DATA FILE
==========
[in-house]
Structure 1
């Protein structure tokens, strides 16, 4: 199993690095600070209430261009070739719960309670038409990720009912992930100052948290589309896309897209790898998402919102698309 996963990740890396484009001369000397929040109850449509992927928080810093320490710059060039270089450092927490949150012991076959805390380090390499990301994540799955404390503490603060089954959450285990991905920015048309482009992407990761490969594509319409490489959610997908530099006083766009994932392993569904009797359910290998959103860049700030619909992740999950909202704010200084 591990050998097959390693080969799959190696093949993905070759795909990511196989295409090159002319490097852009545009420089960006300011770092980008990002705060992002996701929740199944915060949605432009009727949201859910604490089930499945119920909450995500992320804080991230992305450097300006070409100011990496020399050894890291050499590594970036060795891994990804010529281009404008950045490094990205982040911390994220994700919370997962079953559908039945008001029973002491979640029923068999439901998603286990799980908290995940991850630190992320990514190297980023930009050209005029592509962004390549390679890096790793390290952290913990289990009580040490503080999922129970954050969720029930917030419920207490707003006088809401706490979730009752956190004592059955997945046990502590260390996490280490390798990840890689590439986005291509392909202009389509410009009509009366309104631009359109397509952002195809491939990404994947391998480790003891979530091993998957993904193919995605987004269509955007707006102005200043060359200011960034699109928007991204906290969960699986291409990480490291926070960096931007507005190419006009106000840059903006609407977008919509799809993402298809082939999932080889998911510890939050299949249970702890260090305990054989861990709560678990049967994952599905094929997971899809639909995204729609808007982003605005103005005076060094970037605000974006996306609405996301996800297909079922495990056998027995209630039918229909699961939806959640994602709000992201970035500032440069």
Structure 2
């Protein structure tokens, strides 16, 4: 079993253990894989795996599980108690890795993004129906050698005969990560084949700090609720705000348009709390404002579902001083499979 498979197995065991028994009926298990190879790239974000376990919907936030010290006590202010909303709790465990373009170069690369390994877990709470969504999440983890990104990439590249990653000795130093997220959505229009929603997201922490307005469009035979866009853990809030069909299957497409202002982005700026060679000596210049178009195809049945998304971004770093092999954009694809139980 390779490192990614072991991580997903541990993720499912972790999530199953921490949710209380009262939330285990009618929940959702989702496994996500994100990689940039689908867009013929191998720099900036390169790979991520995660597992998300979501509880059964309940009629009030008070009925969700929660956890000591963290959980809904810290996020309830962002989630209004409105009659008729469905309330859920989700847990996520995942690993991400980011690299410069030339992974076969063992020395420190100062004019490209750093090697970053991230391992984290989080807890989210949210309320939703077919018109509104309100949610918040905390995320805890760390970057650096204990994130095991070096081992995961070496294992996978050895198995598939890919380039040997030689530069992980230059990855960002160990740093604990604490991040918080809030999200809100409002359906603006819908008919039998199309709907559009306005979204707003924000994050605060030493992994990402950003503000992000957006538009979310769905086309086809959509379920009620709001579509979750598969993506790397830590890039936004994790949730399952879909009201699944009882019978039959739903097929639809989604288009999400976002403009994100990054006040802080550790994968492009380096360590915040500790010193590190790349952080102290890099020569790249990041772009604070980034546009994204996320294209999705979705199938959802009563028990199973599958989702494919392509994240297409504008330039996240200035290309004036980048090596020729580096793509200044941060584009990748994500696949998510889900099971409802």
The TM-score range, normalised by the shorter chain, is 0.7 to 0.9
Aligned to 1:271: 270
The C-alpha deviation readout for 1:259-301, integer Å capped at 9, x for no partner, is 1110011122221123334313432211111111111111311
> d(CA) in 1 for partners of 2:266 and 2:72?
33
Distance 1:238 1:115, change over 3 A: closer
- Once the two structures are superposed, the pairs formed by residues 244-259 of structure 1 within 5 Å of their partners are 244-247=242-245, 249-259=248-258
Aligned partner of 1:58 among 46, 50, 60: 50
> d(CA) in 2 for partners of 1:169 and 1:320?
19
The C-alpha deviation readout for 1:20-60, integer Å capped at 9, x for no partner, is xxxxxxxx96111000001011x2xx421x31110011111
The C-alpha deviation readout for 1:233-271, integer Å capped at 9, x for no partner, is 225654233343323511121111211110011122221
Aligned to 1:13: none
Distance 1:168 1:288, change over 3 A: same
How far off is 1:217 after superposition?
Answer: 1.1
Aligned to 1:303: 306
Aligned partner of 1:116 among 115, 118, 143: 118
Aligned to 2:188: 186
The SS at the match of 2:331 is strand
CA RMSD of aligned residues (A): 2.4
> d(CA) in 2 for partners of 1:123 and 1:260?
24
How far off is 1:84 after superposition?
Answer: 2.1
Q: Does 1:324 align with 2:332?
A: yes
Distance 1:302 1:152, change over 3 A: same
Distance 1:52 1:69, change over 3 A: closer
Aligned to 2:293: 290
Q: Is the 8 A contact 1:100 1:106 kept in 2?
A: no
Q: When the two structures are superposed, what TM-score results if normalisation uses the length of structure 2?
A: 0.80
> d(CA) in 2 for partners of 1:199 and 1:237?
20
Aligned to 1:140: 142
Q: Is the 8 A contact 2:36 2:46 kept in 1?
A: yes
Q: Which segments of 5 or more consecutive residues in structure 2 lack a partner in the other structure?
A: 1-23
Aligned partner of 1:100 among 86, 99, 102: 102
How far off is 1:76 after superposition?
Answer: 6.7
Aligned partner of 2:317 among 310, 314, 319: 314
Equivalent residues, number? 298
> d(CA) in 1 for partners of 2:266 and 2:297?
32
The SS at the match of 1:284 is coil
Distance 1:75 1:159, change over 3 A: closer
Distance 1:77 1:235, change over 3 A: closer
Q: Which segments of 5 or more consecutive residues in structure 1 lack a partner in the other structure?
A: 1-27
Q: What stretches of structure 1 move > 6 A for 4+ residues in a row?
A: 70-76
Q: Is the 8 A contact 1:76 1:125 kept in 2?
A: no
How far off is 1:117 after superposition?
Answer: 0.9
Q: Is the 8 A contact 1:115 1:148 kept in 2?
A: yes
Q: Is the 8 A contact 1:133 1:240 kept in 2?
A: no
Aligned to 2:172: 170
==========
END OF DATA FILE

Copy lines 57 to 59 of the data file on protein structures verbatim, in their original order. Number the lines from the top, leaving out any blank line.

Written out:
Q: Which segments of 5 or more consecutive residues in structure 1 lack a partner in the other structure?
A: 1-27
Q: What stretches of structure 1 move > 6 A for 4+ residues in a row?